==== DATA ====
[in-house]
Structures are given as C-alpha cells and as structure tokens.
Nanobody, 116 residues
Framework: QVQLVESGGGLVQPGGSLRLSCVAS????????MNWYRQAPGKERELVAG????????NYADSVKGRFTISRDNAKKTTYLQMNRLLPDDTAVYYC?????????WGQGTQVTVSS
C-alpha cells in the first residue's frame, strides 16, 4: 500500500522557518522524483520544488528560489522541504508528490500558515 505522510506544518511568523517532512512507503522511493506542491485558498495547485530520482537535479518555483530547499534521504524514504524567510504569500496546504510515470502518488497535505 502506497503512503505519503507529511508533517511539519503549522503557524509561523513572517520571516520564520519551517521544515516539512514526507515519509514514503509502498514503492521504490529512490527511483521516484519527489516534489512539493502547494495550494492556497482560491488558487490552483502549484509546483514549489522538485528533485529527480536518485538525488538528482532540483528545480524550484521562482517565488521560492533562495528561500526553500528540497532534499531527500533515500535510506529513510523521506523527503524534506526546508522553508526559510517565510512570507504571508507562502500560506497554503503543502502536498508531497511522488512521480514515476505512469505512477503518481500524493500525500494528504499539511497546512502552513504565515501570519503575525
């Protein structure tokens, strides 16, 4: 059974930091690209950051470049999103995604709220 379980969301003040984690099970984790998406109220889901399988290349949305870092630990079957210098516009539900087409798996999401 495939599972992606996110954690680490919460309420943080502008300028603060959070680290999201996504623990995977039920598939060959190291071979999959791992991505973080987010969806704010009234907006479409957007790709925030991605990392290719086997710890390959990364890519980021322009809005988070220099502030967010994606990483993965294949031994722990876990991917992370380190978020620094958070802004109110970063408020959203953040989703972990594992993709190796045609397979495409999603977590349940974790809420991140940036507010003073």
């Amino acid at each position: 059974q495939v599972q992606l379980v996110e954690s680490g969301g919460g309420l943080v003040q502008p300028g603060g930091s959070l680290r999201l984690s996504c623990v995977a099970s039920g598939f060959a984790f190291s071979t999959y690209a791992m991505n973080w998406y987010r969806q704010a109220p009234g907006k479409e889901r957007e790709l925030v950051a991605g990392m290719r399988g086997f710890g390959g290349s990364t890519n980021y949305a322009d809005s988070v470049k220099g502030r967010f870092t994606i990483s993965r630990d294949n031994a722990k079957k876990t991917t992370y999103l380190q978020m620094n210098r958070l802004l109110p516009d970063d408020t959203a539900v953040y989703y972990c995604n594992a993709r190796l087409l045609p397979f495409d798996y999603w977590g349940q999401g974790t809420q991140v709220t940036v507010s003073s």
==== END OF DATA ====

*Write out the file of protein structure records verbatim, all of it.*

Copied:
[in-house]
Structures are given as C-alpha cells and as structure tokens.
Nanobody, 116 residues
Framework: QVQLVESGGGLVQPGGSLRLSCVAS????????MNWYRQAPGKERELVAG????????NYADSVKGRFTISRDNAKKTTYLQMNRLLPDDTAVYYC?????????WGQGTQVTVSS
C-alpha cells in the first residue's frame, strides 16, 4: 500500500522557518522524483520544488528560489522541504508528490500558515 505522510506544518511568523517532512512507503522511493506542491485558498495547485530520482537535479518555483530547499534521504524514504524567510504569500496546504510515470502518488497535505 502506497503512503505519503507529511508533517511539519503549522503557524509561523513572517520571516520564520519551517521544515516539512514526507515519509514514503509502498514503492521504490529512490527511483521516484519527489516534489512539493502547494495550494492556497482560491488558487490552483502549484509546483514549489522538485528533485529527480536518485538525488538528482532540483528545480524550484521562482517565488521560492533562495528561500526553500528540497532534499531527500533515500535510506529513510523521506523527503524534506526546508522553508526559510517565510512570507504571508507562502500560506497554503503543502502536498508531497511522488512521480514515476505512469505512477503518481500524493500525500494528504499539511497546512502552513504565515501570519503575525
């Protein structure tokens, strides 16, 4: 059974930091690209950051470049999103995604709220 379980969301003040984690099970984790998406109220889901399988290349949305870092630990079957210098516009539900087409798996999401 495939599972992606996110954690680490919460309420943080502008300028603060959070680290999201996504623990995977039920598939060959190291071979999959791992991505973080987010969806704010009234907006479409957007790709925030991605990392290719086997710890390959990364890519980021322009809005988070220099502030967010994606990483993965294949031994722990876990991917992370380190978020620094958070802004109110970063408020959203953040989703972990594992993709190796045609397979495409999603977590349940974790809420991140940036507010003073």
């Amino acid at each position: 059974q495939v599972q992606l379980v996110e954690s680490g969301g919460g309420l943080v003040q502008p300028g603060g930091s959070l680290r999201l984690s996504c623990v995977a099970s039920g598939f060959a984790f190291s071979t999959y690209a791992m991505n973080w998406y987010r969806q704010a109220p009234g907006k479409e889901r957007e790709l925030v950051a991605g990392m290719r399988g086997f710890g390959g290349s990364t890519n980021y949305a322009d809005s988070v470049k220099g502030r967010f870092t994606i990483s993965r630990d294949n031994a722990k079957k876990t991917t992370y999103l380190q978020m620094n210098r958070l802004l109110p516009d970063d408020t959203a539900v953040y989703y972990c995604n594992a993709r190796l087409l045609p397979f495409d798996y999603w977590g349940q999401g974790t809420q991140v709220t940036v507010s003073s």